IN THE 1960s, when the package holiday boom took off, the Costa del Sol’s image was forever tarnished. You think of it now as a land of fish and chips and lager, where bull-fighting has given way to the more consensual, but no less cruel, British sport of Holiday Endurance. Men test out how red they can burn their beer bellies without the paramedics being called. Women compete to see how many waiters they can get to dance the horizontal bolero. Both sexes investigate just how many jugs of sangria a person can drink while hovering this side of coma.
And yet this beautiful stretch of sandy coast, with its 320 days of sunshine and a rich history that includes Moorish architecture dating back to the 15th century, has so much more to offer. Especially in autumn, when the furnace of summer gives way to a pleasant, short-sleeved 23 to 28 degrees.
Take Malaga. For many, this is just the gateway to the beach, the place where their plane connects with their coach. But it’s also a historic town well worth a day’s exploration.
In the centre stands a peculiar cathedral. Its official name is the Incarnation, but locals all call it “Manquita”, or “one-armed cripple”. Symbolically, it’s less a testament to the glories of God than a giant monument to mañana: it took three centuries to build, from 1528 to the end of the 18th century, but they ran out of money and the right-hand tower is still missing.
More edifying is the Picasso Museum, which opened in 2003. The great painter never returned to the city of his birth, yet still it holds an impressive collection of 233 works, somewhat confusingly arranged by subject rather than chronology. It may lack the world-class works of the Picasso Museum in Barcelona, or the heart-stopping Guernica housed in Madrid, but it provides a fascinating glimpse into his working methods. And, for those not quite so high-minded, an opportunity to snigger at pictures of Picasso’s first wife who, like some Bond girl from the Roger Moore era, was called Olga Kokhlova.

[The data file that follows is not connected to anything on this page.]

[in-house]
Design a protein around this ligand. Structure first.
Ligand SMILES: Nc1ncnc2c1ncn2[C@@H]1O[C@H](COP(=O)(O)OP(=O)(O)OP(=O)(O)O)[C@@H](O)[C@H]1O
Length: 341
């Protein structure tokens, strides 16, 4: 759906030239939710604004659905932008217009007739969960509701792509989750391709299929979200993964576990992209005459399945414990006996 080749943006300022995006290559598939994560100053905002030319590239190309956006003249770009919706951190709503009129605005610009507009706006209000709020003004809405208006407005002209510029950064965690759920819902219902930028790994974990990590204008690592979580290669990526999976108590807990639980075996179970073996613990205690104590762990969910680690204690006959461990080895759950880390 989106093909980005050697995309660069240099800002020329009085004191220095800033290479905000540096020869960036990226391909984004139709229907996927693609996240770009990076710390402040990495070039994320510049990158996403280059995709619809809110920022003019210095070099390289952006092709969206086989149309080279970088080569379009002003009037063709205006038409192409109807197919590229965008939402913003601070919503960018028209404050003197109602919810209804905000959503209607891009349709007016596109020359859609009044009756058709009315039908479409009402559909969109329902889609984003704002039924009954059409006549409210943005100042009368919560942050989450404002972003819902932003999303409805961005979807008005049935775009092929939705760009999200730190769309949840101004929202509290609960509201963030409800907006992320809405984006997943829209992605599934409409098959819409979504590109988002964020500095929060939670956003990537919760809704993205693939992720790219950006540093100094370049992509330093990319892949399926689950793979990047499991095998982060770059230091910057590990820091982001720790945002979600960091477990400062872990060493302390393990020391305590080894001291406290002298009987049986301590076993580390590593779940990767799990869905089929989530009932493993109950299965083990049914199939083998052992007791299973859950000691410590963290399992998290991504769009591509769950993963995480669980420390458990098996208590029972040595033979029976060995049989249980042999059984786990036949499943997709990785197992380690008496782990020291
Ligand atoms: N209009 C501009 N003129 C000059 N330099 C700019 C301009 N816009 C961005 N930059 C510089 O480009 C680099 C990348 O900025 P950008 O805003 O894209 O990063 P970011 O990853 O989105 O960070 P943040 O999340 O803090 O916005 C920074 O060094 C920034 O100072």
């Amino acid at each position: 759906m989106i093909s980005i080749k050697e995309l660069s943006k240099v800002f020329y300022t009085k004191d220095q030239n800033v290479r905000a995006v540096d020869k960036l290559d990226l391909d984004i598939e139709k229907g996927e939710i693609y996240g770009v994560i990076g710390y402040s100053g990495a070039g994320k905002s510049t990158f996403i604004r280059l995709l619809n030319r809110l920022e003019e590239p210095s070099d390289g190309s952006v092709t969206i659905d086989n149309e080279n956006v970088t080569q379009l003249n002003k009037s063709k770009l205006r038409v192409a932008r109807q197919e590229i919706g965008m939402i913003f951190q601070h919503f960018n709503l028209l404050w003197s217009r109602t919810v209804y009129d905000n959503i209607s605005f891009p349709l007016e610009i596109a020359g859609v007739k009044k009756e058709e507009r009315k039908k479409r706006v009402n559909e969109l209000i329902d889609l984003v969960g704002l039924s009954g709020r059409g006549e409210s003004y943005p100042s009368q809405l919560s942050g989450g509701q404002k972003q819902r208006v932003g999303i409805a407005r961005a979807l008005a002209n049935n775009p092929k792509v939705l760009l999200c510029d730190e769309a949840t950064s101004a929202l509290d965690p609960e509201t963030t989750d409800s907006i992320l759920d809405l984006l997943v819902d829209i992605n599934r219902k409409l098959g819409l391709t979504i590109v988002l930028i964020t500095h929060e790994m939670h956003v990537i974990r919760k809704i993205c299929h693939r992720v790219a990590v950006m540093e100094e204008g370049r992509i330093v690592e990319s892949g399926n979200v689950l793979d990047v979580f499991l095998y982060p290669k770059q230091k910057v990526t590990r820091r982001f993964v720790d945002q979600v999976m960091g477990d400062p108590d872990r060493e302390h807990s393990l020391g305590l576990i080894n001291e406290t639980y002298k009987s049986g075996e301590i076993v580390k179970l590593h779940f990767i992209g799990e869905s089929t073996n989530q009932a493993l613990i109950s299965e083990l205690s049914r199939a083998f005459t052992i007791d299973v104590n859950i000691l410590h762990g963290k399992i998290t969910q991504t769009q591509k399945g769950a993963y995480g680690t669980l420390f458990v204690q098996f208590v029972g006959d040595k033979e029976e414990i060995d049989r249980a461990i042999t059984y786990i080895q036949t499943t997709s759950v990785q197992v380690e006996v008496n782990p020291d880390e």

The city is full of charming little restaurants and bodegas, like the equally unfortunately named El Pimpi, with its blue flower pots climbing the walls and sprigs of rosemary strewn underfoot. In fact, Malaga’s said to have more bars per square metre than anywhere in Europe. And, once fortified with tapas and a good local wine, you can climb the splendid Muslim fortress atop the hill: the magical-sounding Alcazaba, or “Protected Palace”.
All this, straight off the plane. There are plenty of places to stay in Malaga, but you’ll want to venture onwards. Speed past the billboards advertising breast enlargement on the cheap, and the lobster-bellied package-holiday enclaves such as Torremolinos, and make for one of the more elegant hotels further along the coast.
We stayed in the five-star Hotel Kempinski Bahia Estepona, recently refurbished throughout. Brilliantly, it is designed so that each of 132 rooms and 15 suites face on to the sea and the hotel’s own beach. For those who prefer their water waveless, it offers three swimming pools fringed by palm trees. Murals and giant terracotta pots throughout the hotel are hand-painted in a very Picasso/Matisse style by the artist Stefan Szczesny. And the food is phenomenal, thanks in part to the organic vegetable garden and orchard that form part of the extensive grounds.